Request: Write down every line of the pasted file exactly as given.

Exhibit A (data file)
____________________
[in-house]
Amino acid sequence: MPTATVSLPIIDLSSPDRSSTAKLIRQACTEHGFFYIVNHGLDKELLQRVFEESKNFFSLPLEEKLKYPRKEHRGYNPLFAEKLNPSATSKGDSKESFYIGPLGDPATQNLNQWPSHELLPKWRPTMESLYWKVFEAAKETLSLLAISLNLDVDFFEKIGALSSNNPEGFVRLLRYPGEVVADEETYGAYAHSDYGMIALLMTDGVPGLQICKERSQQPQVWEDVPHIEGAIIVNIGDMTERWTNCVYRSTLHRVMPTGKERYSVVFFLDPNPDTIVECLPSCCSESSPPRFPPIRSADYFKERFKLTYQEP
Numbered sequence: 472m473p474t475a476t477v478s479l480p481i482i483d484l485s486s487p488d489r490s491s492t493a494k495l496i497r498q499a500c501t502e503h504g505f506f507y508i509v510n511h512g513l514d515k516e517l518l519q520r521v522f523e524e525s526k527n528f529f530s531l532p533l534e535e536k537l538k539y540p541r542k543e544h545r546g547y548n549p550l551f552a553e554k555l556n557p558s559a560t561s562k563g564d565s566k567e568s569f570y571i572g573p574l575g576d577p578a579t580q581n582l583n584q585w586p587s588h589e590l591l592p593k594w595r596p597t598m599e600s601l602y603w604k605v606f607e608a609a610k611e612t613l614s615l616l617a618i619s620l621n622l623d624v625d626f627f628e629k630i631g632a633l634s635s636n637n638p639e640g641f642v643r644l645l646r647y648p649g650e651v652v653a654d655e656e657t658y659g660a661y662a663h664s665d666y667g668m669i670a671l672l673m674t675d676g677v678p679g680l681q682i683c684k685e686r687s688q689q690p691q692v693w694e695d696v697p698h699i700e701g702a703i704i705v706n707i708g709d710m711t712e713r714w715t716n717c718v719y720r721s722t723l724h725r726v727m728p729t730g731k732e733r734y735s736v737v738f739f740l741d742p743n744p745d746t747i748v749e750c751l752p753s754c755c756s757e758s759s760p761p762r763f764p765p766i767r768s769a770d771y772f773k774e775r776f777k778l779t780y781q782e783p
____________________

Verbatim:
[in-house]
Amino acid sequence: MPTATVSLPIIDLSSPDRSSTAKLIRQACTEHGFFYIVNHGLDKELLQRVFEESKNFFSLPLEEKLKYPRKEHRGYNPLFAEKLNPSATSKGDSKESFYIGPLGDPATQNLNQWPSHELLPKWRPTMESLYWKVFEAAKETLSLLAISLNLDVDFFEKIGALSSNNPEGFVRLLRYPGEVVADEETYGAYAHSDYGMIALLMTDGVPGLQICKERSQQPQVWEDVPHIEGAIIVNIGDMTERWTNCVYRSTLHRVMPTGKERYSVVFFLDPNPDTIVECLPSCCSESSPPRFPPIRSADYFKERFKLTYQEP
Numbered sequence: 472m473p474t475a476t477v478s479l480p481i482i483d484l485s486s487p488d489r490s491s492t493a494k495l496i497r498q499a500c501t502e503h504g505f506f507y508i509v510n511h512g513l514d515k516e517l518l519q520r521v522f523e524e525s526k527n528f529f530s531l532p533l534e535e536k537l538k539y540p541r542k543e544h545r546g547y548n549p550l551f552a553e554k555l556n557p558s559a560t561s562k563g564d565s566k567e568s569f570y571i572g573p574l575g576d577p578a579t580q581n582l583n584q585w586p587s588h589e590l591l592p593k594w595r596p597t598m599e600s601l602y603w604k605v606f607e608a609a610k611e612t613l614s615l616l617a618i619s620l621n622l623d624v625d626f627f628e629k630i631g632a633l634s635s636n637n638p639e640g641f642v643r644l645l646r647y648p649g650e651v652v653a654d655e656e657t658y659g660a661y662a663h664s665d666y667g668m669i670a671l672l673m674t675d676g677v678p679g680l681q682i683c684k685e686r687s688q689q690p691q692v693w694e695d696v697p698h699i700e701g702a703i704i705v706n707i708g709d710m711t712e713r714w715t716n717c718v719y720r721s722t723l724h725r726v727m728p729t730g731k732e733r734y735s736v737v738f739f740l741d742p743n744p745d746t747i748v749e750c751l752p753s754c755c756s757e758s759s760p761p762r763f764p765p766i767r768s769a770d771y772f773k774e775r776f777k778l779t780y781q782e783p